All hoteliers dream of renovating an iconic property, but few projects come with as much baggage and expectations as Washington’s Watergate Hotel, reopening in the fall. Its name already synonymous with America’s greatest political scandal, the Watergate Complex also suffers from a reputation for its shoddy original construction. In May, the hotel’s adjacent three-story parking garage collapsed in spectacular pancake-fashion, each level smashing into the one below. (There were no serious casualties.) Whoever tackled the Watergate Hotel, shuttered in 2007 in its last incarnation as a Swissotel, would need the drive of an idealistic politician, the naïve idealism of a first-term congressman, and pockets twice as deep as either if they want to succeed.
Enter New York–based husband-and-wife developers Jacques and Rakel Cohen, of Euro Capital Properties, who bought the Watergate for $45 million after a trip to the capital in 2010. No strangers to hospitality, the couple’s family is behind such properties as Paris’s Deco-style L’Hotel du Collectionneur. “We had a little bit of trouble looking for locations in Washington,” Rakel says. “Everything is so traditional. The food scene is there. The art scene is there. The fashion is getting there. But the hotels need to catch up.” They were about to head back to Manhattan empty-handed when, at Jacques’s insistence, they visited the Watergate’s 12th-floor rooftop. The 360-degree views, including all of Georgetown, the Washington Monument, and the Potomac River, drew the couple in.
Wandering the structure itself, with its curvaceous lines and ’60s brutalist exterior, convinced them that they could inject “European” elegance and sophistication into a town rarely mistaken for being hip. “No one could figure how to make the hotel successful,” Rakel says, adding with some of that much-needed idealism: “We’re bringing the Watergate’s glamorous heyday back to life. We are resetting the bar.”
It’s not that much of a stretch. The center of the Watergate Complex—comprising three apartment buildings, two office buildings, and the hotel—was once home to a vibrant, tony group of boutiques called Les Champs, which supplied movers, shakers, and power brokers with such luxury brands as Gucci, Yves Saint Laurent, and Pierre Cardin, all adjacent to the ultimate in sophistication for the era: the espresso bar. “You can buy a can of beans at Watergate,” teased one brochure for prospective visitors, “or a $25,000 brooch.” Many of the residents stayed there into retirement—and today denizens include the likes of Bob Dole and Ruth Bader Ginsburg. What the complex lacks in location—it’s not in the city’s proverbial center, Capitol Hill; rather it’s about five miles west, in Foggy Bottom—it makes up for in the views from the rooms, as 95 percent of them look out onto the city.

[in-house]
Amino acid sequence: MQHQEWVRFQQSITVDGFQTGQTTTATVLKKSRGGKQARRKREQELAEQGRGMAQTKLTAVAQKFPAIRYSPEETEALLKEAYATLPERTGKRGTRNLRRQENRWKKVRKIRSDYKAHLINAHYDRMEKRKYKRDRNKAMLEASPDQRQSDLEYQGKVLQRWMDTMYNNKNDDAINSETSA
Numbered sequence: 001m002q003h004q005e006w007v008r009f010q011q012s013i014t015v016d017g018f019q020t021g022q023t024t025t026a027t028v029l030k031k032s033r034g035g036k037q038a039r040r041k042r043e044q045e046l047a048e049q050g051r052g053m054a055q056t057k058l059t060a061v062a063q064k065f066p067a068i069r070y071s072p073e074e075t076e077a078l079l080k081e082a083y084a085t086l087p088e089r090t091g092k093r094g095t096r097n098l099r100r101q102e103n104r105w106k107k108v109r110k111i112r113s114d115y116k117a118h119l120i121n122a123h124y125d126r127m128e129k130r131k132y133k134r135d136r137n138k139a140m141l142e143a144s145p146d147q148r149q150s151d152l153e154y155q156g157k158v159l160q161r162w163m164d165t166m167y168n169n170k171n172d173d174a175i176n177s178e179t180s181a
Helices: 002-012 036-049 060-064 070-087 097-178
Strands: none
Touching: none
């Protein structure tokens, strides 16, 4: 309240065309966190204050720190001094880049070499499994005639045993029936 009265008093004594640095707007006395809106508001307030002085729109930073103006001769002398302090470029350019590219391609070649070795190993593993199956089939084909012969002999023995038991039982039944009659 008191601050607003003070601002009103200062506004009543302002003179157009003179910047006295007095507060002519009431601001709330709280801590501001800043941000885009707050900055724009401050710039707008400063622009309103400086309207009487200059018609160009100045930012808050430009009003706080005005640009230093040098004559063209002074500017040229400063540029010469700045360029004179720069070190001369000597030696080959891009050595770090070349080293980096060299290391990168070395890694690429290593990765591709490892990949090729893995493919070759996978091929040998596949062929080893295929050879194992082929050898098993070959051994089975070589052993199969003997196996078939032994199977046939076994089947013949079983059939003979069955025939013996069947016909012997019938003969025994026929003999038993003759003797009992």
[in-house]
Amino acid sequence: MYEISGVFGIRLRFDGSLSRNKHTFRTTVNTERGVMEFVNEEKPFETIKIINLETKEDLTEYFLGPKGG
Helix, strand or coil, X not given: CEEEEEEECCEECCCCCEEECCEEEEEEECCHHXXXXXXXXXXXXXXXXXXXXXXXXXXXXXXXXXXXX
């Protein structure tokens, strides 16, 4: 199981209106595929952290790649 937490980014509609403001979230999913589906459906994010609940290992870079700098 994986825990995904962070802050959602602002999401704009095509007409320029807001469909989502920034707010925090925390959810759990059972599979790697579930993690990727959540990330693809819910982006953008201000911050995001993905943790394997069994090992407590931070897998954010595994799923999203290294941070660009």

With $125 million at the ready to spend for the renovation, and after considering design proposals from the Rockwell Group and Yabu Pushelberg, the Cohens cold-called Israeli-born Ron Arad. They had not worked with him previously but knew his work in part from living with Arad-designed furniture in their Upper West Side apartment.
It’s a daring choice. Much like the Watergate, Arad, who had, until then, never even been to the District of Columbia, is known for his bold, curvilinear designs. The subject of a much-lauded retrospective in 2009 at the Museum of Modern Art, in New York—appropriately titled Ron Arad: No Discipline—the always unconventional talent has built his career on quirky, kinetic designs for brands such as Vitra, Cassina, Alessi, and Kartell, and landmark projects, such as the Design Museum Holon, in Israel. While designing everything from a hospital ward to public sculptures, Arad found that his interest in the Watergate was piqued by Italian architect Luigi Moretti’s original 1962 design, which features next to no continuous straight lines. “It’s very much a period of Italian architecture from—I have to say—the Fascist era,” he says about Moretti’s style and those of his contemporaries. Indeed, Moretti did design various structures for the Mussolini regime, such as Rome’s Casa della Scherma, a fencing pavilion that’s part of the famed Foro Italico sports complex. Arad says, “We looked at the period’s legacy, and there are some quite amazing buildings, even though we don’t like the regime that was in the background.”